What every sports parent ought to know about bragging
There’s nothing inherently wrong with being proud of your kid–or sharing your pride–but where should a sports parent draw the line?
We’ve all been around parents who go on and on and on…and it’s rather annoying.
The problem arises when the good news about your child is nonstop, or if you share the news with the wrong people.
How to brag correctly
Focus on the child, not the accomplishment, on who your children are as people, rather than their latest home run or touchdown or soccer goal. How often do you hear simple praise like “he is a good-hearted kid”, rather than “my son or daughter did ______.”
If all your child knows and hears is you bragging about what he has done, then he will feel a performance-based love and acceptance.
Brag to the right people. Your spouse, close friends, parents–these are people who want to hear about the wonderful play your kid made to win the game, and they really do care.
But be sensitive to parents whose kids have not been singled out for the same recognition. Or to parents of children whose skills and abilities are not as advanced as your child’s. Bragging to them is downright inconsiderate.
Keep it short. If someone asks how the game went or if you feel you really must say something, keep your report concise. “We won and Billy did great!” Or “It was a good game and Susie played her heart out.” And leave it at that, unless the person really wants to know more.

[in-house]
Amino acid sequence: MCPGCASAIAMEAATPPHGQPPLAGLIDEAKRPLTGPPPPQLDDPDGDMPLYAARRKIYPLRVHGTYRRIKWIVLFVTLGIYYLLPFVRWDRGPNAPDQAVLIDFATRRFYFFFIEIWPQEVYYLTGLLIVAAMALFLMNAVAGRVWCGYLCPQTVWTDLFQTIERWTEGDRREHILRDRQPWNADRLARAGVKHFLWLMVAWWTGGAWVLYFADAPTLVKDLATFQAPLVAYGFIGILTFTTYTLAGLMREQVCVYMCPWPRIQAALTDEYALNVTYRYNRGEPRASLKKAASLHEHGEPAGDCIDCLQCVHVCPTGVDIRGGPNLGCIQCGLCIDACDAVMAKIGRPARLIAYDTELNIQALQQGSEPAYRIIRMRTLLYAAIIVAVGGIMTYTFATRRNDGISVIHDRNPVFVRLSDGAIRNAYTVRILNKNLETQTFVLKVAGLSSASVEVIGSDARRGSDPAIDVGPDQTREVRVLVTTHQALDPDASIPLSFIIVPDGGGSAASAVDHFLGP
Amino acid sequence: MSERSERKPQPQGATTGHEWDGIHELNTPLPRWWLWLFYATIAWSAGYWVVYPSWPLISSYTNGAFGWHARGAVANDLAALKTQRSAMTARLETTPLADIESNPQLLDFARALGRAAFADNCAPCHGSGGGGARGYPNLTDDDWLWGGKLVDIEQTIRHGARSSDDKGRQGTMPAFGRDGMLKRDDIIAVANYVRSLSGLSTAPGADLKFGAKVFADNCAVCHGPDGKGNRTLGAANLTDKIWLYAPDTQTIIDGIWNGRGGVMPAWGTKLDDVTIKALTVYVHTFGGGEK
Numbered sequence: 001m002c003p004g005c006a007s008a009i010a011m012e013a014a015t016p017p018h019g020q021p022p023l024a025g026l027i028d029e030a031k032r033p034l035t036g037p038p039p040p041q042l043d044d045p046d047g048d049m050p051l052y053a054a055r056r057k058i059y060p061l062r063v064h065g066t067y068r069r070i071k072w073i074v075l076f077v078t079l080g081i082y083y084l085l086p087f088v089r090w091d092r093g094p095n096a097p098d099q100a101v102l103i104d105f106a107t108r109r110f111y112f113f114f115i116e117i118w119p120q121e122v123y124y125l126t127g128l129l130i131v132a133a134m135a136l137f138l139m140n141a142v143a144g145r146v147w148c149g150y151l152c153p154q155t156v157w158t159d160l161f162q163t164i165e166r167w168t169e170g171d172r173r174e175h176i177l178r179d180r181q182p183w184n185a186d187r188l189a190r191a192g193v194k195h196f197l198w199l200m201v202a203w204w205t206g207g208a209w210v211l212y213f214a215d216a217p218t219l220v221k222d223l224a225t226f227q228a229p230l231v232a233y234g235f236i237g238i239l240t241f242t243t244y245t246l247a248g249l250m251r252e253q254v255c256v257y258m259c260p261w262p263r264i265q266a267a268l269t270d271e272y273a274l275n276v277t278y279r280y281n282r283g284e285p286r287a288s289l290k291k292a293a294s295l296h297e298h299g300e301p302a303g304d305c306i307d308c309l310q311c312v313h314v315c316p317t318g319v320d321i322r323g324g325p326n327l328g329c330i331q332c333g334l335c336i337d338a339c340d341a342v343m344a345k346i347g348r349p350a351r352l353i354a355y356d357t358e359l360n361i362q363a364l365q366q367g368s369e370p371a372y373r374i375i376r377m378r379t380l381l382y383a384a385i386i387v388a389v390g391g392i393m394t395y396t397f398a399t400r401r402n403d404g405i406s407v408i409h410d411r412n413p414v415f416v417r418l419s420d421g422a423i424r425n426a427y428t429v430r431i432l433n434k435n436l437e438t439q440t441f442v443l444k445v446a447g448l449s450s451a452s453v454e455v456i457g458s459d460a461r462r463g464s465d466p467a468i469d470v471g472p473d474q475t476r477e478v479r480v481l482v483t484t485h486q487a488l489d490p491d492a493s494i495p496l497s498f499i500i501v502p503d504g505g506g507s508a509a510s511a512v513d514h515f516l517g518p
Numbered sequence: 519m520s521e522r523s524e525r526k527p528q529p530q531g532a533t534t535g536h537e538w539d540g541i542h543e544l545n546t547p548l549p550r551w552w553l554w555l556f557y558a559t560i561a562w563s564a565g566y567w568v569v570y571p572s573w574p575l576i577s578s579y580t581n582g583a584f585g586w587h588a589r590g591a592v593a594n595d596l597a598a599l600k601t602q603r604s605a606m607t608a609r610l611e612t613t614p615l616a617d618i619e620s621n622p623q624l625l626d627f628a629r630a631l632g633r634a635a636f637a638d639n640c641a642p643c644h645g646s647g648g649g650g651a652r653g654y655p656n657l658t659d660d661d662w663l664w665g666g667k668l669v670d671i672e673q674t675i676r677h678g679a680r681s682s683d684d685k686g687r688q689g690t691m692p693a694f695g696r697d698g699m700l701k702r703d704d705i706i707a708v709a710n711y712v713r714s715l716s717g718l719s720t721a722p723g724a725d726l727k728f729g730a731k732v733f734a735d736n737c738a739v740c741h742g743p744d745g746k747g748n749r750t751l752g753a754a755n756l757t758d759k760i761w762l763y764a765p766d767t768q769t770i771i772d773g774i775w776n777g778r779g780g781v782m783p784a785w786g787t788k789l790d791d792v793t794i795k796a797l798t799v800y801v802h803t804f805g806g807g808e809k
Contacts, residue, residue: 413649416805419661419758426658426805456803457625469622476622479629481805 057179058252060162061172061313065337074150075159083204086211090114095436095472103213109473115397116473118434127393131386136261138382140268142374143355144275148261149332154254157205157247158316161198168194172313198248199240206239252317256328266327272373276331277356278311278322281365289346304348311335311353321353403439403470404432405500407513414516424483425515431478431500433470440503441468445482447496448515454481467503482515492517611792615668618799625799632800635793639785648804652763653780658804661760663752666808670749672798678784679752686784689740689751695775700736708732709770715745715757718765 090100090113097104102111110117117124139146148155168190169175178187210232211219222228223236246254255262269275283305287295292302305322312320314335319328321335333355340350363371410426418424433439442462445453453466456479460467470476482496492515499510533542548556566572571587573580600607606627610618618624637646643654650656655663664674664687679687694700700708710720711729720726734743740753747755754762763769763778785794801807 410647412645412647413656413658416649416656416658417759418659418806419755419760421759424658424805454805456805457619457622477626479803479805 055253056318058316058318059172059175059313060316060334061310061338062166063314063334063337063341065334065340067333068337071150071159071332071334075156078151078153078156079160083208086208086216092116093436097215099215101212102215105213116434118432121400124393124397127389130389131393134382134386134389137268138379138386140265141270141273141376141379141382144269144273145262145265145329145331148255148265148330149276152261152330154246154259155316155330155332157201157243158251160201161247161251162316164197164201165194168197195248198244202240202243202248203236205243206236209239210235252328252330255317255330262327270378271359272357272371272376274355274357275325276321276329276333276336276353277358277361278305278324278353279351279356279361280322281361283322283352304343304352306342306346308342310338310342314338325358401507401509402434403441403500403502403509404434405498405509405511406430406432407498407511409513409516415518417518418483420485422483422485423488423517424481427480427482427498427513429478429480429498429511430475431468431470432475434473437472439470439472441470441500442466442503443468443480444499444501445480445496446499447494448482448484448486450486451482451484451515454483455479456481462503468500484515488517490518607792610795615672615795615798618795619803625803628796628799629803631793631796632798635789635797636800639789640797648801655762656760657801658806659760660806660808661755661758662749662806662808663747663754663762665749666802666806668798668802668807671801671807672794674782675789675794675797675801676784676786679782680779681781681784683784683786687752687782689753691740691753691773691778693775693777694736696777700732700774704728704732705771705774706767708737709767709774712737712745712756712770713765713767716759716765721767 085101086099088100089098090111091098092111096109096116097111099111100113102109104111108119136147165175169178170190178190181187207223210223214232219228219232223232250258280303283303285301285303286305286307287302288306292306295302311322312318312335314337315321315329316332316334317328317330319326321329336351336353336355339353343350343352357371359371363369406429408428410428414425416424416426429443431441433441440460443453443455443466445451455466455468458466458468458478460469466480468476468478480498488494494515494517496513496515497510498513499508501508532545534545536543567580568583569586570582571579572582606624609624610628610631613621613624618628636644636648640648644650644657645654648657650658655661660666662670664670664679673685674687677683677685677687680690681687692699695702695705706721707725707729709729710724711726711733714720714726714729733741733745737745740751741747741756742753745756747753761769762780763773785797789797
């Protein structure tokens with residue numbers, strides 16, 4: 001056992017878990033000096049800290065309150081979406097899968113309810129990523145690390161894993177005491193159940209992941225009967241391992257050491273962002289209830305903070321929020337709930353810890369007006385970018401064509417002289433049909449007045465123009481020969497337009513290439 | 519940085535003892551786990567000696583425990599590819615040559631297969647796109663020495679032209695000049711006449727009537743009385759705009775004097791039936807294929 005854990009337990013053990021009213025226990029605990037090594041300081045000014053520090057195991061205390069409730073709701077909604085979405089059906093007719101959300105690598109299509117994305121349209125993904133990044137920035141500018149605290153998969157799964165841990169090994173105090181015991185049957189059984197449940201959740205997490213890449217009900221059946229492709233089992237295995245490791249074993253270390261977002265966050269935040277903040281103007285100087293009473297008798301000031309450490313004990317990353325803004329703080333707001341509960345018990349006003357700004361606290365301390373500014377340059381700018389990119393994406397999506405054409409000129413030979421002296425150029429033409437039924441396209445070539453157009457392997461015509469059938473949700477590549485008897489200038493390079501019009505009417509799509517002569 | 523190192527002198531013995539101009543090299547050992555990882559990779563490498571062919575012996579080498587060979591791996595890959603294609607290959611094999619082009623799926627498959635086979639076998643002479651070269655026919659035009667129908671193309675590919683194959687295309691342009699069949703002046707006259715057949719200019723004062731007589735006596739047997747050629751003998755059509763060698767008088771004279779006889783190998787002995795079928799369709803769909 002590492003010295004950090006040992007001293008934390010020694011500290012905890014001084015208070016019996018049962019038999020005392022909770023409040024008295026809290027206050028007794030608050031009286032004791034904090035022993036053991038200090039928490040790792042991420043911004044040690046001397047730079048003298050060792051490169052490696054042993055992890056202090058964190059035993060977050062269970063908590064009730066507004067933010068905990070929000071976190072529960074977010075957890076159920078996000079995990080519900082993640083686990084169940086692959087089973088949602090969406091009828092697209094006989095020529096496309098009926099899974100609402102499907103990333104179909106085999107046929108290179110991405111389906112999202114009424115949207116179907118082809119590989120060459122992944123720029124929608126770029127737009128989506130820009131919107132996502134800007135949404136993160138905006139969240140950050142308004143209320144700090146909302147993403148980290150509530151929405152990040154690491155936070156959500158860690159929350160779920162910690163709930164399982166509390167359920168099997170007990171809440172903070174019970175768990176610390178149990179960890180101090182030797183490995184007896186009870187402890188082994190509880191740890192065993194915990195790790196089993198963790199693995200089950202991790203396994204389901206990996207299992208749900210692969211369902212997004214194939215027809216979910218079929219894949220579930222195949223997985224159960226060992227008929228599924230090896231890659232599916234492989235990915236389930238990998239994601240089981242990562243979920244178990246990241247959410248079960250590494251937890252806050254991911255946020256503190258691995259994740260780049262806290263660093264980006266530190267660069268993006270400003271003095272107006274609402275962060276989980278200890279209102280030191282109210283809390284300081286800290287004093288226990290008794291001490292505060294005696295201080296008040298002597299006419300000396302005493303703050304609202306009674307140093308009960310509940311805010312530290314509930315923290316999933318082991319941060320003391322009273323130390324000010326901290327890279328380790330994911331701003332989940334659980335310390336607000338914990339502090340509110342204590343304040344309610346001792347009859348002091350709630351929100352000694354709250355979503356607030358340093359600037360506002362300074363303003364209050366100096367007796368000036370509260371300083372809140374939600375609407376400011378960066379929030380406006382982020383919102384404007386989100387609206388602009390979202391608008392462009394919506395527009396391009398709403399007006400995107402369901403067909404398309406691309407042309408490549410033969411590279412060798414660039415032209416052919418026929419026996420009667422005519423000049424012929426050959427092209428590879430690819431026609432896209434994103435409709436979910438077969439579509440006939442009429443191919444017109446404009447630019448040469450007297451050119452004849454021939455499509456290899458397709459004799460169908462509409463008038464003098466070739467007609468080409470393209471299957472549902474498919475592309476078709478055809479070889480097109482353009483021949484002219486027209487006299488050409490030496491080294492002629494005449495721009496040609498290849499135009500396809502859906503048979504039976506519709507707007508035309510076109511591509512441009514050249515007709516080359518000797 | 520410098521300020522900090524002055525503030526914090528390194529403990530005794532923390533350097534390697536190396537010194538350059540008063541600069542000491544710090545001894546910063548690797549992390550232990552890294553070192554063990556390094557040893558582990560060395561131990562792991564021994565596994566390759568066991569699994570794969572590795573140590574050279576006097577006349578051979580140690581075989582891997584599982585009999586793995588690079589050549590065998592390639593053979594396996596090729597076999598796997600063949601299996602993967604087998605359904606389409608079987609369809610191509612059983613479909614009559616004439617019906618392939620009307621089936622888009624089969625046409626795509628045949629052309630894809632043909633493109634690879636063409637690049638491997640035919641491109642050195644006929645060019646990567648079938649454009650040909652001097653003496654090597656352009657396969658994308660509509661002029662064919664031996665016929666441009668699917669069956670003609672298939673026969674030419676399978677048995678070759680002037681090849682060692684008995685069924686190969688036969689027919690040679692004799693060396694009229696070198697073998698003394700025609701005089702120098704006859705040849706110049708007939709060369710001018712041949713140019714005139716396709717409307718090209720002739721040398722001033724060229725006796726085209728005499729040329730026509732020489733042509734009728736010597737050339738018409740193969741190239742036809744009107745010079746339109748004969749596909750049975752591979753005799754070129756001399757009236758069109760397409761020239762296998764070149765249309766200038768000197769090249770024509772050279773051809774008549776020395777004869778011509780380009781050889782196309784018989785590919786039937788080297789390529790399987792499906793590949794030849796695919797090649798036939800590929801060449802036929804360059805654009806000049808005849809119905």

Let others do the praising when possible. My husband and I decided early in our sportsparenting journey to let others do the praising of our kids when it was to people other than family or close friends. Hearing others do the bragging for us was much more gratifying that having to toot our own horn.
How to stomach bragging parents
Try a little empathy. If a parent can’t stop talking about how great his kid is, ask yourself why he might be doing it. What is he going through emotionally that explains his intensity and need to talk so much about his child’s achievements?
Stay away. Without being rude, you may just want to avoid spending a lot of time with braggarts. Don’t sit with them in the bleachers or stand by them on the sidelines.
Affirm it, but don’t compete. If a parent talks up his child, try answering with a simple, “Wow, that’s great!”. That keeps you from comparing your kids and turning the conversation into a subtle sort of parental competition.
Model the right way to brag. If you model the right way to brag, you not only set an example for other parents, you show your kids the right way to respond to success and good performances.
Which parent are you?
Picture this comparison: Two kids play soccer together and you know both of their moms/dads. When you ask their parents how their kids did at a recent competition, one mother answered, “She did very well and we are very proud of her.” The other dad gave a detailed play-by-play of the game–how awesome his daughter was, and how many assists and goals she made.
You seeing the difference?
We should be happy about the successes of our friends’ kids. But I much prefer to be around a parent who humbly responds to questions about her child’s accomplishments than one who brags incessantly to anyone who will listen.
Which parent are you?
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